As summer vacation season arrives, it's hard not to immediately dread the rigors of travel — security-check congestion, speed traps, and, of course, escalating gas prices. Well, imagine that you're a group of four dudes who look like members of the Charlie Manson Appreciation Society and you've been on tour since October, getting hassled along the way. Oh, and the name of your band is VietNam, which may or may not be an incendiary political statement. "Crossing the Canadian border was the worst," says lead vocalist and guitarist Michael Gerner. "We got strip-searched and quarantined, and then they brought out this CSI-looking equipment to check the van."
Gerner seems pretty laid-back about the grueling, extended tour. "Maybe it's because I'm a military brat," he says, "but I'm very comfortable being on the road."
In fact, growing up in a military family also served to be one of the inspirations for the band's name. Both Gerner and lead guitarist Joshua Grubb have parents who served in the Vietnam War. Gerner and Grubb, the core members of the group, met in Austin in the late 1990s when Gerner was at the University of Texas and Grubb was kind of hanging out. After moving to Philadelphia and back to Austin, the pair finally ended up in Brooklyn in 1998. They played under a couple of names before deciding on "VietNam." Gerner recalls, "Our favorite band is Suicide, and, like them, we wanted a one-word name that packed a punch and had some significance."
The other members, bassist Ivan Berko and drummer Michael Foss, helped the band arrive at a signature sound — druggy, blues boogie in the tradition of the Velvet Underground and Royal Trux. In 2004, they released an EP called The Concrete's Always Grayer on the Other Side of the Street on Vice Records. The relationship between VietNam and Vice ended badly, and the band is tired of talking about it. The Vice entertainment conglomerate, which includes a magazine and a record label, has always represented everything hipper-than-thou. A backlash was inevitable. "I think it's died down by now, though," says Gerner.
A particularly mean-spirited review of VietNam's self-titled debut on Kemado Records in The Village Voice earlier this year seems to indicate that at least a little of that backlash may still be there. In the review, critic Garrett Kamps writes, "These guys think they're ripping off Derek & the Dominoes, but they're actually jacking the Black Crowes" and "Throughout, guitarist Josh Grubb slathers on the reverb the way shitty cooks use too much butter, sounding more like Eric Johnson than Eric Clapton." Ouch. Gerner refuses to get all riled up about the negative press, saying good-naturedly about the review, "That's cool. I think we sound more like the Rolling Stones, though."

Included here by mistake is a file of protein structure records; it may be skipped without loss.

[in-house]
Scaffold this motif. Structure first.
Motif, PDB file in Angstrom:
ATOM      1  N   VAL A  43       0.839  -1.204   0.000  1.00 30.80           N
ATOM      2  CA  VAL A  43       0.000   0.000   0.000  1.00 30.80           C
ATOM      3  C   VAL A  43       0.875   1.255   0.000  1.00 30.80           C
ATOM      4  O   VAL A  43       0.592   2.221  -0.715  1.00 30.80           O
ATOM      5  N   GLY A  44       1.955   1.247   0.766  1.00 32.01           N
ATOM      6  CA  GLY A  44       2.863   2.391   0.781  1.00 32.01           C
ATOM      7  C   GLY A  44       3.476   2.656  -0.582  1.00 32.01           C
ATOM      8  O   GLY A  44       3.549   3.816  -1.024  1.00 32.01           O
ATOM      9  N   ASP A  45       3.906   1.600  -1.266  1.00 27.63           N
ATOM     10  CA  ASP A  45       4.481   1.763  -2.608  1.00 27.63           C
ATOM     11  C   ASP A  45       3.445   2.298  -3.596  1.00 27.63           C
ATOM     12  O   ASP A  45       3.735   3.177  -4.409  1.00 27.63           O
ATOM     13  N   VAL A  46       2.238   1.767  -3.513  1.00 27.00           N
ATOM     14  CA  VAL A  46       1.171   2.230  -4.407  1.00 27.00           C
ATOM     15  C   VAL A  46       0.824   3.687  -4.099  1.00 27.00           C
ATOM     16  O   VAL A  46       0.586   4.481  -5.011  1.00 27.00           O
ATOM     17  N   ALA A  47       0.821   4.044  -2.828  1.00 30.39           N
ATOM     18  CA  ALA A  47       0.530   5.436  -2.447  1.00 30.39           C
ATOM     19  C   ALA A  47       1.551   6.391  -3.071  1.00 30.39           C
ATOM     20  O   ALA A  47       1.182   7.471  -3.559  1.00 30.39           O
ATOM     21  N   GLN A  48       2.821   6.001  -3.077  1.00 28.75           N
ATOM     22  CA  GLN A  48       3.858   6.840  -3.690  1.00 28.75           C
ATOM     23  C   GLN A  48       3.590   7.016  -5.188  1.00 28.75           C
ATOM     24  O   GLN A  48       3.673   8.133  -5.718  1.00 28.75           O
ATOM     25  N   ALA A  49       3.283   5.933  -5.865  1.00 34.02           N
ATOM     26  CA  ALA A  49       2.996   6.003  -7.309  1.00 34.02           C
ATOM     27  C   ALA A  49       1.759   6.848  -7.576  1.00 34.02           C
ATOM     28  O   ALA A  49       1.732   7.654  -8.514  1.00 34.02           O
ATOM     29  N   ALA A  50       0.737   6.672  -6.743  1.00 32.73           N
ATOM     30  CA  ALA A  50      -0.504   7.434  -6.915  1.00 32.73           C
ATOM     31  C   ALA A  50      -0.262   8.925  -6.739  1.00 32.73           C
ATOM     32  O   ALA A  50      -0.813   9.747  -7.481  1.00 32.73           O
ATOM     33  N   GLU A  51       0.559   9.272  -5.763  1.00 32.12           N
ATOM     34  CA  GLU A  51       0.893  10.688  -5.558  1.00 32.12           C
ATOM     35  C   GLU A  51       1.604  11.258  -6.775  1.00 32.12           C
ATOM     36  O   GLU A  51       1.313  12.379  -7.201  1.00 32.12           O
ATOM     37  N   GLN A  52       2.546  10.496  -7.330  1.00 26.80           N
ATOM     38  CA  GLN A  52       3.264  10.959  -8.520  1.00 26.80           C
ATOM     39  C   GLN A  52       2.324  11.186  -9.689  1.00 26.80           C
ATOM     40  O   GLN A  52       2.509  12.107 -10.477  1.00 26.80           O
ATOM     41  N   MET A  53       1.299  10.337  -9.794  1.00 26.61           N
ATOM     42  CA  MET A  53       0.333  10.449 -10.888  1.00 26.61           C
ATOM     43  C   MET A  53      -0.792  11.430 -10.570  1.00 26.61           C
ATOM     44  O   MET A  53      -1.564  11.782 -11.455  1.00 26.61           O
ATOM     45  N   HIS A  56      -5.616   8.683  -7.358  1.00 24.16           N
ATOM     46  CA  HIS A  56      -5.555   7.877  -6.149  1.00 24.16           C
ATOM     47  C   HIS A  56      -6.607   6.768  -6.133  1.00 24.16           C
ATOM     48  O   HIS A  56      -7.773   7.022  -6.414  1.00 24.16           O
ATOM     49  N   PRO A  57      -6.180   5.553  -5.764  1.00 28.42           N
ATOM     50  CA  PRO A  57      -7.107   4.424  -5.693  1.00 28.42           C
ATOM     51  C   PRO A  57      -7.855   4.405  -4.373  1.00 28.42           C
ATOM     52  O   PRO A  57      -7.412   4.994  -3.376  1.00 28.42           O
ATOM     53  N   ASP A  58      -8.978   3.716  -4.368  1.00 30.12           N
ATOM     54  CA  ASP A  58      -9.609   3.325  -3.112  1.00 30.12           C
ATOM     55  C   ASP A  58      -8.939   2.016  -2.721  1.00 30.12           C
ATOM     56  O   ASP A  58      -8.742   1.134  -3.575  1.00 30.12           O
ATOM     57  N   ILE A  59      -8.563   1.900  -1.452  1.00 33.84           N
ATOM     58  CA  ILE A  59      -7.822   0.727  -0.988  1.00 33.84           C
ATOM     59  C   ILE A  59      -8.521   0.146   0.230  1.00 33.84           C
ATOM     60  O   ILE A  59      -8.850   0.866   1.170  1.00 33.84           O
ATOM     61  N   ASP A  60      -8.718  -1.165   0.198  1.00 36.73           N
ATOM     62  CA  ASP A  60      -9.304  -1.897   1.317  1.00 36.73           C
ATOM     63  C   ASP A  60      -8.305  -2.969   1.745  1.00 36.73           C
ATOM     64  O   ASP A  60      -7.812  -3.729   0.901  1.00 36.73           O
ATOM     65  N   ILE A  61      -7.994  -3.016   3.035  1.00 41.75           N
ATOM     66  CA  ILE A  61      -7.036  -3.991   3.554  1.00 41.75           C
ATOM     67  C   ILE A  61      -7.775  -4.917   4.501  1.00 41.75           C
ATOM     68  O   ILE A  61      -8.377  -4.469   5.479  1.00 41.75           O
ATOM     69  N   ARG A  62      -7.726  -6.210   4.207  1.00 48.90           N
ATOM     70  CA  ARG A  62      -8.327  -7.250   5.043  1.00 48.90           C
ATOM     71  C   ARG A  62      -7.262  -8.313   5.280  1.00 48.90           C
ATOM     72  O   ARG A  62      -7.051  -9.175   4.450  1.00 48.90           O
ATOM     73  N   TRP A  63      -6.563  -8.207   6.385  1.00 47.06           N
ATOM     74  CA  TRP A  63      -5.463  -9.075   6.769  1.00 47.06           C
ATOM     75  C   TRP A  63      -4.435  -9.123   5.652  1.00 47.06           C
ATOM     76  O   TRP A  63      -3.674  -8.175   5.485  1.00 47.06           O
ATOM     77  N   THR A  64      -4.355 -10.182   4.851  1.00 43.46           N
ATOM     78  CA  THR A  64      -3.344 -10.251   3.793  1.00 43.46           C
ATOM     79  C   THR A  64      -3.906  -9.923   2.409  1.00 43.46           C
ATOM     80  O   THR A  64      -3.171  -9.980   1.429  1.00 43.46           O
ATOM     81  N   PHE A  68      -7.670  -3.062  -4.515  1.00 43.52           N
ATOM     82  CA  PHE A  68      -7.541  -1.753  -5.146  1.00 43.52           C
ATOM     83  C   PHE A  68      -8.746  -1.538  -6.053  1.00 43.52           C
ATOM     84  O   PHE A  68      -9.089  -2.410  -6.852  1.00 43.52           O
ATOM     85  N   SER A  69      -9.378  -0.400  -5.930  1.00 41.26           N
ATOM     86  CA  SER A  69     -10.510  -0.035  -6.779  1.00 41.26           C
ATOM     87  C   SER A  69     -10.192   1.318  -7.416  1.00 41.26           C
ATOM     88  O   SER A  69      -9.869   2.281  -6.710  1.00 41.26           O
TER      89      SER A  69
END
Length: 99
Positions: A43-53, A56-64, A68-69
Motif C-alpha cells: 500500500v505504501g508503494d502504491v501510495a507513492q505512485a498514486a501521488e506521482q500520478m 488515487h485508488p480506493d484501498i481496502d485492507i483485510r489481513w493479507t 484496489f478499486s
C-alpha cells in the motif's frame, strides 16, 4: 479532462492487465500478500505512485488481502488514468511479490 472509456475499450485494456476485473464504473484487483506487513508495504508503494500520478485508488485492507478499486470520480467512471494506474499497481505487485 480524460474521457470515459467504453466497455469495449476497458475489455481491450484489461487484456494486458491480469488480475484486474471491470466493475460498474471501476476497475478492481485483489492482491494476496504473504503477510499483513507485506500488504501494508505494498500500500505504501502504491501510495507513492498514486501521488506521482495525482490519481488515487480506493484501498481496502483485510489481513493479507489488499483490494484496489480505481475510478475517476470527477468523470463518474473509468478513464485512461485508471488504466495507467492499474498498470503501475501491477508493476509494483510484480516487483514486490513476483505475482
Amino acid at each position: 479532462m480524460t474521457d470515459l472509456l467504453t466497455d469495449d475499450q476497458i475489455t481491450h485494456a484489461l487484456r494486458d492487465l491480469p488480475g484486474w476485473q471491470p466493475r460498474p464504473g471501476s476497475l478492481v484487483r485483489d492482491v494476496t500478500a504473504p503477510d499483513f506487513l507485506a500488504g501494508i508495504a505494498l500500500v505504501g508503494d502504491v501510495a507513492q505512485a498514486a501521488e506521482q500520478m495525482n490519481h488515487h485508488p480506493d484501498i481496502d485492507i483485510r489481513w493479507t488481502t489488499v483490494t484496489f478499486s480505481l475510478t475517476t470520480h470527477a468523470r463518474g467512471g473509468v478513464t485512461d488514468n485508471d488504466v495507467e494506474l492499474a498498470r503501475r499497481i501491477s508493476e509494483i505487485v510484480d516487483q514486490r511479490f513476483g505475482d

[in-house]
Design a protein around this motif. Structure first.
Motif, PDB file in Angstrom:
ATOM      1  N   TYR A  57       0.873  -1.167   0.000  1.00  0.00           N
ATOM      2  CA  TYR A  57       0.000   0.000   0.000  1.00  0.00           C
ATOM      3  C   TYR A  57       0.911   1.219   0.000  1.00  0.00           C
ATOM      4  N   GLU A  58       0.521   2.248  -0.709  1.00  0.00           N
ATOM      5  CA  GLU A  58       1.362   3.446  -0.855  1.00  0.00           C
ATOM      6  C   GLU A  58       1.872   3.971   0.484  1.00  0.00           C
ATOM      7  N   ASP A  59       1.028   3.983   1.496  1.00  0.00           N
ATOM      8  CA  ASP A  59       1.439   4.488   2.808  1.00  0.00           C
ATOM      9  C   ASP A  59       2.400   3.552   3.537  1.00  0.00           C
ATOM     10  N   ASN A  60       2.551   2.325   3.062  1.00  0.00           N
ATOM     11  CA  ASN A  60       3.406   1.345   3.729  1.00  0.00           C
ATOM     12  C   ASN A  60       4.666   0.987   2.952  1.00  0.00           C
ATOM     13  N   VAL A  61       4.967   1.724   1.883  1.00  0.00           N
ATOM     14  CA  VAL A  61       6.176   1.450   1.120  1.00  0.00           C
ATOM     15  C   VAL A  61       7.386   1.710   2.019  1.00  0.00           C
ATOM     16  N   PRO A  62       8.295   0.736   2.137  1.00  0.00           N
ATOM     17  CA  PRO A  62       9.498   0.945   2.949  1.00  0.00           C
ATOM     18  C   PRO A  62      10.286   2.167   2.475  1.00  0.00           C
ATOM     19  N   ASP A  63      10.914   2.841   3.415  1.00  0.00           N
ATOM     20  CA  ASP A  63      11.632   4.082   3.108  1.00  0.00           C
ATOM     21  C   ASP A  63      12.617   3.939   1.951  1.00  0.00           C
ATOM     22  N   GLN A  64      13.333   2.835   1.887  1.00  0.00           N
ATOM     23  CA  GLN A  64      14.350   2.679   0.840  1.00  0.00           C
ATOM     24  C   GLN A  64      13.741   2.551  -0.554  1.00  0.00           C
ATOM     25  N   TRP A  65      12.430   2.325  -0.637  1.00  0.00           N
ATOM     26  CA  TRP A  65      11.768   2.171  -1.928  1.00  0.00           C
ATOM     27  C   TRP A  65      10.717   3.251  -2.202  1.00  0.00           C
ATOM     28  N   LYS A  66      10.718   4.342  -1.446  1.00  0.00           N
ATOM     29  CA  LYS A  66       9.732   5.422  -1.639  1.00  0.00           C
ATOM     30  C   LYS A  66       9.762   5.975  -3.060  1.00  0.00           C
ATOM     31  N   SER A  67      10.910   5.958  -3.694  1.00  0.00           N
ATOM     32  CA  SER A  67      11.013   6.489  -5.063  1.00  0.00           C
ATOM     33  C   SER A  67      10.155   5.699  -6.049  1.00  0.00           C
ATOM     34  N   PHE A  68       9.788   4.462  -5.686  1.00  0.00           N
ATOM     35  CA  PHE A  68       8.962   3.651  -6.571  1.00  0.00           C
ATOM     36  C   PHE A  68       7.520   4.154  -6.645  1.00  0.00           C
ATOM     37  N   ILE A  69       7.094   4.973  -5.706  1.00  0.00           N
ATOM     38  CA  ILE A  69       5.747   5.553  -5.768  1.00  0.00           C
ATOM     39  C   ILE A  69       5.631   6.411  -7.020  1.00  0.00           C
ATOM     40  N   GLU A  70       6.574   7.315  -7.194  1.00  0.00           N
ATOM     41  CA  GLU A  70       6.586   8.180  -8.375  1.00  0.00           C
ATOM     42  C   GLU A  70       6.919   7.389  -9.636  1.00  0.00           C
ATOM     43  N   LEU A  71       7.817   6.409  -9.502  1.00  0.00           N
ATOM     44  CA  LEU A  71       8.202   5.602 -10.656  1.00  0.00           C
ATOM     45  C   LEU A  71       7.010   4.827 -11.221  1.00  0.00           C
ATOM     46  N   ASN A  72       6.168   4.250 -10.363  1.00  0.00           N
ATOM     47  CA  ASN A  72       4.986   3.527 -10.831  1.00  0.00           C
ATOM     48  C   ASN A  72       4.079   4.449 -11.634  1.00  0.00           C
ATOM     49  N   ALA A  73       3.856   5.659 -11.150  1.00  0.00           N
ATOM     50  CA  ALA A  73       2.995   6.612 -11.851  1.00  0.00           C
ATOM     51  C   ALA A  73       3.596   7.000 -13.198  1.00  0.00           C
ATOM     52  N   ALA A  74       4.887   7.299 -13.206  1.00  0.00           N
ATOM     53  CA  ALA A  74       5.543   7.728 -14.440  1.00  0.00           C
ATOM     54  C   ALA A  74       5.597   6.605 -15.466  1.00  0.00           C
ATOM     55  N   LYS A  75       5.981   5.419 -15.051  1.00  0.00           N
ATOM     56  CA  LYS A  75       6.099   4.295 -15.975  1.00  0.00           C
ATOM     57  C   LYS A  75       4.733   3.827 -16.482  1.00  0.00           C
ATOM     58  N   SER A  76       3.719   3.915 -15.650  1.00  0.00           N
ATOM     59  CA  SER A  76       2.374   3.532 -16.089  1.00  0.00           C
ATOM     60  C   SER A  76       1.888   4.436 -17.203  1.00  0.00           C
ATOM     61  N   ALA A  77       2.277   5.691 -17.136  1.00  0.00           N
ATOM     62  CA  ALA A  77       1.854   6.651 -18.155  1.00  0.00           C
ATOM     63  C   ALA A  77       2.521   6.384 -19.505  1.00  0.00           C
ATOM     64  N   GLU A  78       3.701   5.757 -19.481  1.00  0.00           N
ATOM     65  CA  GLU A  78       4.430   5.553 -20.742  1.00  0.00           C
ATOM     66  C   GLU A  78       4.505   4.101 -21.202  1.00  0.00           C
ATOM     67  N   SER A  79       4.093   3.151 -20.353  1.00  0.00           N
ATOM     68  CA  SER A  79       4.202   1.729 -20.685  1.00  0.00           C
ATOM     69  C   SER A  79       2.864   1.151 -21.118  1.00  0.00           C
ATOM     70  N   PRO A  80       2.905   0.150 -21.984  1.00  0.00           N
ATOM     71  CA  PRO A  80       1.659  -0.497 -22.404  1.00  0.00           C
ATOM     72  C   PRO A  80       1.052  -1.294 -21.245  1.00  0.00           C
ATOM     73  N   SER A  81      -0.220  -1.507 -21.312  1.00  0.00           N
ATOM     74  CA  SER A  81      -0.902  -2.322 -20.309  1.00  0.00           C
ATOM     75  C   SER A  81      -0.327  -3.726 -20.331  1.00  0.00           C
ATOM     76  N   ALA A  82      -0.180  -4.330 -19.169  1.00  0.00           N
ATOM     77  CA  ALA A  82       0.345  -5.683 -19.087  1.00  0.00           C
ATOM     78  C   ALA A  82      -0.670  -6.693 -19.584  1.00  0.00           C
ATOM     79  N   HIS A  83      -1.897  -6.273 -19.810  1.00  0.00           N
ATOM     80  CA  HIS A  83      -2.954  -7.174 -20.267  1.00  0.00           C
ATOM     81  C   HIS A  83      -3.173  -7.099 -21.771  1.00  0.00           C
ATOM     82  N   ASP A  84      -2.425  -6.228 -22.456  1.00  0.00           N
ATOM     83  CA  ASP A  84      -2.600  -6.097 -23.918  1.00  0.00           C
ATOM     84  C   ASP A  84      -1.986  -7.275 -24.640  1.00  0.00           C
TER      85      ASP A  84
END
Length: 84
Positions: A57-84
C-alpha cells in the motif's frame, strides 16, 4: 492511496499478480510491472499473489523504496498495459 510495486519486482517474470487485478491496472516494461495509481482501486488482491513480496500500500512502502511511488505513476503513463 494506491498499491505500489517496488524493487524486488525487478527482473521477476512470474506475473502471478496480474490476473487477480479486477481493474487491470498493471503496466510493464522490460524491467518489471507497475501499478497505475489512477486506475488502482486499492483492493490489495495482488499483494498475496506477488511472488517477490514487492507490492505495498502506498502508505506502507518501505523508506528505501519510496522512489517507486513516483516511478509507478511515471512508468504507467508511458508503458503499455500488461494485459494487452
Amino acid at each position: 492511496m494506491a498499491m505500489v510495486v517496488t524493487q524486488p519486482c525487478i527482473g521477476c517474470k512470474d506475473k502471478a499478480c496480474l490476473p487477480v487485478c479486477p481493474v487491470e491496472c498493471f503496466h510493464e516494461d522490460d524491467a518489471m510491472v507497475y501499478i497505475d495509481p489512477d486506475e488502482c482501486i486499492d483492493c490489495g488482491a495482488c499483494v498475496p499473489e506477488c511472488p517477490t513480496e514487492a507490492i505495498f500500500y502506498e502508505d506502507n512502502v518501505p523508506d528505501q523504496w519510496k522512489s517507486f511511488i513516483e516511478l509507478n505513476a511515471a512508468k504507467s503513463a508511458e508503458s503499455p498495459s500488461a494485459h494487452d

The self-titled record owes its existence to an unlikely source of funds: Mickey Madden. That's right, the bassist from Maroon 5, the nice-looking Hall & Oates revivalists who are currently sitting pretty on top of the Billboard charts.
"Josh met him through a mutual friend," Gerner says. "Mickey was wearing a Moss Icon T-shirt, and they started talking." Madden came to see VietNam, became a fan, and ultimately their primary patron. He paid for them to fly out to Los Angeles and record at the legendary Sound City and Sound Factory studios with vintage, analog equipment. He helped get vocal contributions from indie chanteuse Jenny Lewis and production help from "Farmer Dave" Scher and Rick Rubin's protégé Jason Lader. Of the album and Madden's help, Gerner says, "It definitely wouldn't have happened if he hadn't come along."
VietNam also has some unlikely connections to Memphis. When Rolling Stone asked Gerner to name some of his favorite records and influences, he listed Three Six Mafia's Most Known Unknown. "I love their cadence and lyrics and their whole grass-roots origin," he says. Another local tie-in is their cover of "The Dark End of the Street," the classic soul song written by Dan Penn and Chips Moman in a Memphis hotel room and recorded by everyone from Elvis Costello to Dolly Parton.
"When we first started playing it live," Gerner recalls, "people would tell us that they liked our Gram Parsons song. I told them I hadn't even heard his version. I knew it from a Percy Sledge cassette that was one of four tapes that we had in the kitchen at a barbecue restaurant I used to work at back in Austin."